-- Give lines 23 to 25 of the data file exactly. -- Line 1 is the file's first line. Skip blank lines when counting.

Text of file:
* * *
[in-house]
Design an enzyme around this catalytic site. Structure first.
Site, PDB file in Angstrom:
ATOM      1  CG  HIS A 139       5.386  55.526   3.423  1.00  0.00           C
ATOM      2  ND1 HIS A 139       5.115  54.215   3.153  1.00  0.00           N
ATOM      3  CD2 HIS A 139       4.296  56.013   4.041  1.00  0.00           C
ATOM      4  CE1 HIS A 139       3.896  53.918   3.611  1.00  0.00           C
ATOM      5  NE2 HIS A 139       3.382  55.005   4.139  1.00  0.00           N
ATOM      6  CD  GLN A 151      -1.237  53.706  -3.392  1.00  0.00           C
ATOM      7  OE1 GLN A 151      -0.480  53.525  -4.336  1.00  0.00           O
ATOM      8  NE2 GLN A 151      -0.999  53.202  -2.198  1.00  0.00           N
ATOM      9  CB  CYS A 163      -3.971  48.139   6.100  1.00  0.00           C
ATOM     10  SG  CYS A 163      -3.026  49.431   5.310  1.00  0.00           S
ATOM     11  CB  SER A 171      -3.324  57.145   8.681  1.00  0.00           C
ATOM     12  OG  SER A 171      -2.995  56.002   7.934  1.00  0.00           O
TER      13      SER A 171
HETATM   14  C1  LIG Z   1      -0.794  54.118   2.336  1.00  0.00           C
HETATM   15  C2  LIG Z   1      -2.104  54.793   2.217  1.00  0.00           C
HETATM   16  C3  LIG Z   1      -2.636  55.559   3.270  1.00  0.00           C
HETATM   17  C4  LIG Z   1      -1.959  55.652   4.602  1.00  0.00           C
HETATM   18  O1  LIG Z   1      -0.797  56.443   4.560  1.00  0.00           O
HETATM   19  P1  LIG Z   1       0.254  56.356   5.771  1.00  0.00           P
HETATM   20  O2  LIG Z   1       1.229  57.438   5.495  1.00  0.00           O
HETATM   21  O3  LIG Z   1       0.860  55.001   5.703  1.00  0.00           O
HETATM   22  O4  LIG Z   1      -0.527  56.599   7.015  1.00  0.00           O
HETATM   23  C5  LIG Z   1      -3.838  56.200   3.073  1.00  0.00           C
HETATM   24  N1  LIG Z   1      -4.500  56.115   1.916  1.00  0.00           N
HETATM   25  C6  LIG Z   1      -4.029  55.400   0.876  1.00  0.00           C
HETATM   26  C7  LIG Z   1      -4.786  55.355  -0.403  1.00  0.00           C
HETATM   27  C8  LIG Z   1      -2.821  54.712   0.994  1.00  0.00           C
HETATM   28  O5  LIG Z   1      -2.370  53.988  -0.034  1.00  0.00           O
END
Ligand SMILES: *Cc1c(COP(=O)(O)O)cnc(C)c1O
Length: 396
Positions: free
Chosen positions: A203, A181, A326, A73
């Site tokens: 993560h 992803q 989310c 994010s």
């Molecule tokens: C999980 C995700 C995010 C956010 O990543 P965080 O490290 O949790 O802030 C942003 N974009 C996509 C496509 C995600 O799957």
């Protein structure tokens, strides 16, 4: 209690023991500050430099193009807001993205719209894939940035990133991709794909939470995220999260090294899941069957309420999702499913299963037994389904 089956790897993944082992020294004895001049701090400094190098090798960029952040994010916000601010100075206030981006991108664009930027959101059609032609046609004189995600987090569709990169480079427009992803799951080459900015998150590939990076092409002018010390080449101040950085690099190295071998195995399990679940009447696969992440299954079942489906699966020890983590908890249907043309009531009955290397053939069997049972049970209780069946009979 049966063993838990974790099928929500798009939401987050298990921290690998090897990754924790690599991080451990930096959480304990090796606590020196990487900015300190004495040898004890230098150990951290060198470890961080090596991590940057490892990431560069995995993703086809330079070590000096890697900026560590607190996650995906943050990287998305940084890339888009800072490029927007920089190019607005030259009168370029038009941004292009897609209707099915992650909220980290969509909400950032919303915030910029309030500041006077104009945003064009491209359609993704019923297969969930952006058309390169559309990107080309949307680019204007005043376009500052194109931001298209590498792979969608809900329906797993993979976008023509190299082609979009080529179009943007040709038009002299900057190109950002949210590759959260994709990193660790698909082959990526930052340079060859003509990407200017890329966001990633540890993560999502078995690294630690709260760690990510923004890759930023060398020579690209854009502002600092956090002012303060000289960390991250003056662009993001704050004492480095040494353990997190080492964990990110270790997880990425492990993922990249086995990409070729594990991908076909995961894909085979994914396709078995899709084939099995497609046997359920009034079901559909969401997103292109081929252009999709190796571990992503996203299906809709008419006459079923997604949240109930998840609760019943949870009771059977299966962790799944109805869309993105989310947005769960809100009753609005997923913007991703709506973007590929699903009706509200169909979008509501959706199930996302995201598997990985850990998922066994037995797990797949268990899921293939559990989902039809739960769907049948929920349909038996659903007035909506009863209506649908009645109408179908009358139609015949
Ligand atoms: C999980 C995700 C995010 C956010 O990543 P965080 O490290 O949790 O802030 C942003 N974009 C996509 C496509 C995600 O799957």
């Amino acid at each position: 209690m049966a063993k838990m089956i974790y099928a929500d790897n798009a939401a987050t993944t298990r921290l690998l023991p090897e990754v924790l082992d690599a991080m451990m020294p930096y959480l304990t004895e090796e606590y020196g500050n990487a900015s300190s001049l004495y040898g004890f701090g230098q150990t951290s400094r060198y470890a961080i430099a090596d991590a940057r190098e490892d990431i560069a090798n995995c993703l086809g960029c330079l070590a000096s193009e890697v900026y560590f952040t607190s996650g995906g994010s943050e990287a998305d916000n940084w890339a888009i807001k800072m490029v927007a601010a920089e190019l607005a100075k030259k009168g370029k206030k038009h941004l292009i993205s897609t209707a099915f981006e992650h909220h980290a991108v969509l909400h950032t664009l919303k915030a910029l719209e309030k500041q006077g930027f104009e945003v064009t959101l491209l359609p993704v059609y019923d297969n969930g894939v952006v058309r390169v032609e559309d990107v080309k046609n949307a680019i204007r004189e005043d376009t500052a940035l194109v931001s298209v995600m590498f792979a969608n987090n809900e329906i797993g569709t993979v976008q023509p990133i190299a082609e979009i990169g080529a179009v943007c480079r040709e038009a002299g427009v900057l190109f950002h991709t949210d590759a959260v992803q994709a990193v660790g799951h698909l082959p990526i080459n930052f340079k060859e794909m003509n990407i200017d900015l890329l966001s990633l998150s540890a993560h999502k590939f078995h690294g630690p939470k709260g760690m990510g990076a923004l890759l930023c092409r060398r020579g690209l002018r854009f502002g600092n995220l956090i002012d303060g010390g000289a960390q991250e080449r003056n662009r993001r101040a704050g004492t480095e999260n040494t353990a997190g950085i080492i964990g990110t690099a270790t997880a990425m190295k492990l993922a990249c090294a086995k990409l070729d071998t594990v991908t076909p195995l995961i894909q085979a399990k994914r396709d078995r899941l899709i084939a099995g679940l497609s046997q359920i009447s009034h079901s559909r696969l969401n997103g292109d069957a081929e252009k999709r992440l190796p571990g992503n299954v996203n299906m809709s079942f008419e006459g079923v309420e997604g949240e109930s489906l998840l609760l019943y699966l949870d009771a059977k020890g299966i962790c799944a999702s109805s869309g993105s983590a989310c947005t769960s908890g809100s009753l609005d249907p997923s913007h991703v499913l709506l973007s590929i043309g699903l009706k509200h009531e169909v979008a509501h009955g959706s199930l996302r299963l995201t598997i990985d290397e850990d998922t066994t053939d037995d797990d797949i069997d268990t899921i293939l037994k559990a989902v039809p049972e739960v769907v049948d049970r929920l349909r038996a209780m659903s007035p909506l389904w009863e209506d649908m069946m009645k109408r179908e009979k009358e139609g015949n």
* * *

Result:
HETATM   20  O2  LIG Z   1       1.229  57.438   5.495  1.00  0.00           O
HETATM   21  O3  LIG Z   1       0.860  55.001   5.703  1.00  0.00           O
HETATM   22  O4  LIG Z   1      -0.527  56.599   7.015  1.00  0.00           O